Influence of Aspen, Young Lodgepole Pine, and Open Grassland Types Upon Factors Affecting Water Yield
Abstract:Burned and cutover lands in the Rocky Mountains present a distinct problem in watershed management. Many of these areas support a cover of grass or aspen rather than their original stand of lodgepole pine or spruce. Generally the new cover provides adequate protection from erosion, but there has been question regarding its other watershed qualities. In order to evaluate some of these qualities this preliminary study was undertaken in Colorado. The results indicate that, from the standpoint of water available for streamflow, aspen and grass are probably superior to a dense coniferous forest.
Document Type: Journal Article
Affiliations: Associate forest ecologist, formerly with the Rocky Mountain Forest and Range Experiment Station
Publication date: September 1, 1944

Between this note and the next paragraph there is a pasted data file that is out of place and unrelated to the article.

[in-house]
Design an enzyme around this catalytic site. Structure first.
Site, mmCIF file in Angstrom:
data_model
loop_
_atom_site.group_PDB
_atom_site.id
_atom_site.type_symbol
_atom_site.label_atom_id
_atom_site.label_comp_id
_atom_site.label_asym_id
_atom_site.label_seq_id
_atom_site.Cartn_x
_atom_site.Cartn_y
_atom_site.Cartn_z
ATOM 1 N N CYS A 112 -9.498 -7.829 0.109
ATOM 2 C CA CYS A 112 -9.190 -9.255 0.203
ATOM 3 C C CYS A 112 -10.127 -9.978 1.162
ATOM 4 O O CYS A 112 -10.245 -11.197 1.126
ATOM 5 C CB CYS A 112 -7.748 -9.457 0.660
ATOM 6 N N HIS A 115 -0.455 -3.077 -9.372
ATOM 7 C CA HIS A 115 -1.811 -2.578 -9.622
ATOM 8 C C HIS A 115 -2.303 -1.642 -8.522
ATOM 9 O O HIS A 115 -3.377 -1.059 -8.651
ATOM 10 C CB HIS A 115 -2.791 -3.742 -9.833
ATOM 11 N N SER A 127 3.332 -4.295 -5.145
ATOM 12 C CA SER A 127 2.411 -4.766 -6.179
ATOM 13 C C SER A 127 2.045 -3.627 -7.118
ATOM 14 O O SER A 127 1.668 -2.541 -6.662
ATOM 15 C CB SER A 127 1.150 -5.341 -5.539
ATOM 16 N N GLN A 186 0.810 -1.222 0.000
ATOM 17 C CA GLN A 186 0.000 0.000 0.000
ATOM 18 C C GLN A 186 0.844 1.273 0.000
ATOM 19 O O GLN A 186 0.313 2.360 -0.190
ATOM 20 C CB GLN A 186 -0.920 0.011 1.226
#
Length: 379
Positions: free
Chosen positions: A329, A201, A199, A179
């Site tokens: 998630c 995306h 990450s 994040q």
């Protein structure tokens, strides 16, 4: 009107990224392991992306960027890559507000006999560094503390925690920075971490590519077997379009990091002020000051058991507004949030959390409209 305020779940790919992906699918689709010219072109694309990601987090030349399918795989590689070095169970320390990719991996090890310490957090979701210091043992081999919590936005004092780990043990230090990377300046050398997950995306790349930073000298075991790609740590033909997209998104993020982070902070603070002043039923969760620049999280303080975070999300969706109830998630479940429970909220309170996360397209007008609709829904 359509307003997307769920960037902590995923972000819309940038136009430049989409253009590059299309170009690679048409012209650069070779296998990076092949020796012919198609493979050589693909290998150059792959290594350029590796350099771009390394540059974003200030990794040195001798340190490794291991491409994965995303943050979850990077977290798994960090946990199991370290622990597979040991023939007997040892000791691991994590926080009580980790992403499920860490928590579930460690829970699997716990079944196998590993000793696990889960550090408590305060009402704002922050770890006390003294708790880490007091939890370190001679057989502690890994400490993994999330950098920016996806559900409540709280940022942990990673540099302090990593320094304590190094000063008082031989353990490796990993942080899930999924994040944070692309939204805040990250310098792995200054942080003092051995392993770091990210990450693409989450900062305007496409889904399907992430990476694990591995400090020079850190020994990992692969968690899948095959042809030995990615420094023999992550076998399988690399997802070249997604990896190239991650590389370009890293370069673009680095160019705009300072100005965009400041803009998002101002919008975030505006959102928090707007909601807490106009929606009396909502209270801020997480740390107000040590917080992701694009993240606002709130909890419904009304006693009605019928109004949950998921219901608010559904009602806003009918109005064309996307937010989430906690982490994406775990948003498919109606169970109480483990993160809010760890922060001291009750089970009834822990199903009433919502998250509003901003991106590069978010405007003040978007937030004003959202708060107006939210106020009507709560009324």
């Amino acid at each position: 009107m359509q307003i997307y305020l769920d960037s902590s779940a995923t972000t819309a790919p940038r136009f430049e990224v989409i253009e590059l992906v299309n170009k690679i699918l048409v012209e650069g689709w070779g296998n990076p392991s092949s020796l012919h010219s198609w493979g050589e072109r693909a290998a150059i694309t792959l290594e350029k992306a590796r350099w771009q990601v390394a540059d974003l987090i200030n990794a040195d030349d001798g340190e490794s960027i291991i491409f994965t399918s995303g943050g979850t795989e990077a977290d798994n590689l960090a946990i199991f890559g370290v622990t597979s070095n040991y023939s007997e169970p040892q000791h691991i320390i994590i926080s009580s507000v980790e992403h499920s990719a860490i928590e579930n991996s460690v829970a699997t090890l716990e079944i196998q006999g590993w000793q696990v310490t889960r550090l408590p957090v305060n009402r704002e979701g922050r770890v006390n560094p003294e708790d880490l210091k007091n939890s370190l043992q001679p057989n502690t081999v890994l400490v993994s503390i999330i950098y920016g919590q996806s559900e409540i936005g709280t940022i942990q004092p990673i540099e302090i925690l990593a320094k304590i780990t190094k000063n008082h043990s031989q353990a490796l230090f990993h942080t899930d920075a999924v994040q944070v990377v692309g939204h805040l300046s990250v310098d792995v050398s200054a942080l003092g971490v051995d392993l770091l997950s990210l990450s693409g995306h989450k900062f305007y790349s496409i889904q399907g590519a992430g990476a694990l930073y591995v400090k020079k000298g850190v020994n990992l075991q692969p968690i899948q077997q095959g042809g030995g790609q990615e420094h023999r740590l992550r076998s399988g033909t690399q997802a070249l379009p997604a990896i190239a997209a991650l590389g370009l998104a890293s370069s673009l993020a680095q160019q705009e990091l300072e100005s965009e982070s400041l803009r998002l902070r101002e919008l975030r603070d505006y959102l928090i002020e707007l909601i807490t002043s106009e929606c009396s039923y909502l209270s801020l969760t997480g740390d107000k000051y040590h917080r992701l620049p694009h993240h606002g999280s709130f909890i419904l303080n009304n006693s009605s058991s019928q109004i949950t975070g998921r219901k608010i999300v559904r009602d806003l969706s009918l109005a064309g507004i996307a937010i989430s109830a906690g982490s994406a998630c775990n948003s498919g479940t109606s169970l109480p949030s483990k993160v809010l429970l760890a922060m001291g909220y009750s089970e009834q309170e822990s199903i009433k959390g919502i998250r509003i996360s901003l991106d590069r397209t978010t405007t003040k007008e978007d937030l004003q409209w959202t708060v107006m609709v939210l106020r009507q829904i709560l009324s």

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- The Journal of Forestry is the most widely circulated scholarly forestry journal in the world. In print since 1902, the Journal has received several national awards for excellence. The mission of the Journal of Forestry is to advance the profession of forestry by keeping forest management professionals informed about significant developments and ideas in the many facets of forestry: economics, education and communication, entomology and pathology, fire, forest ecology, geospatial technologies, history, international forestry, measurements, policy, recreation, silviculture, social sciences, soils and hydrology, urban and community forestry, utilization and engineering, and wildlife management. The Journal is published bimonthly: January, March, May, July, September, and November.
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